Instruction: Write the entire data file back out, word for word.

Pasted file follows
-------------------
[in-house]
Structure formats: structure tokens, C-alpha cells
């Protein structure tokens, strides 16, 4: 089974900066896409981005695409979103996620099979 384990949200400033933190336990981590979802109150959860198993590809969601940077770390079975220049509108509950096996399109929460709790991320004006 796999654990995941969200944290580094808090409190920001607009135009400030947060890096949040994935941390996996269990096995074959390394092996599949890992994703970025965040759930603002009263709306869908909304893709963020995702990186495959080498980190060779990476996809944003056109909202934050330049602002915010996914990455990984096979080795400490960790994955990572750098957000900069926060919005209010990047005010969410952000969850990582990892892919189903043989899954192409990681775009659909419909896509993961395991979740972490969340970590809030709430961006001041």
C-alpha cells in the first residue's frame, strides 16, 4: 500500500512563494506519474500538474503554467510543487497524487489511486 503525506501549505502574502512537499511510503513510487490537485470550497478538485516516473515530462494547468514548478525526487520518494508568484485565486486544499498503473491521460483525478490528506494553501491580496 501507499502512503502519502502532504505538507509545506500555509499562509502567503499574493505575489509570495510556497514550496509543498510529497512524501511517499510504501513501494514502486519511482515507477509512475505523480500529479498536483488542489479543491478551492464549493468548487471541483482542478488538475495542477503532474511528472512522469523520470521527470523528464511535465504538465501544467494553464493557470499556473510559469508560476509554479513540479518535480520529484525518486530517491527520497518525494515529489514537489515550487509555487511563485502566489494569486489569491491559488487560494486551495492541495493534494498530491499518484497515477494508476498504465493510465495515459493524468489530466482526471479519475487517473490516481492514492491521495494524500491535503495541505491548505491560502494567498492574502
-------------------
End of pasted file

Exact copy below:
[in-house]
Structure formats: structure tokens, C-alpha cells
């Protein structure tokens, strides 16, 4: 089974900066896409981005695409979103996620099979 384990949200400033933190336990981590979802109150959860198993590809969601940077770390079975220049509108509950096996399109929460709790991320004006 796999654990995941969200944290580094808090409190920001607009135009400030947060890096949040994935941390996996269990096995074959390394092996599949890992994703970025965040759930603002009263709306869908909304893709963020995702990186495959080498980190060779990476996809944003056109909202934050330049602002915010996914990455990984096979080795400490960790994955990572750098957000900069926060919005209010990047005010969410952000969850990582990892892919189903043989899954192409990681775009659909419909896509993961395991979740972490969340970590809030709430961006001041």
C-alpha cells in the first residue's frame, strides 16, 4: 500500500512563494506519474500538474503554467510543487497524487489511486 503525506501549505502574502512537499511510503513510487490537485470550497478538485516516473515530462494547468514548478525526487520518494508568484485565486486544499498503473491521460483525478490528506494553501491580496 501507499502512503502519502502532504505538507509545506500555509499562509502567503499574493505575489509570495510556497514550496509543498510529497512524501511517499510504501513501494514502486519511482515507477509512475505523480500529479498536483488542489479543491478551492464549493468548487471541483482542478488538475495542477503532474511528472512522469523520470521527470523528464511535465504538465501544467494553464493557470499556473510559469508560476509554479513540479518535480520529484525518486530517491527520497518525494515529489514537489515550487509555487511563485502566489494569486489569491491559488487560494486551495492541495493534494498530491499518484497515477494508476498504465493510465495515459493524468489530466482526471479519475487517473490516481492514492491521495494524500491535503495541505491548505491560502494567498492574502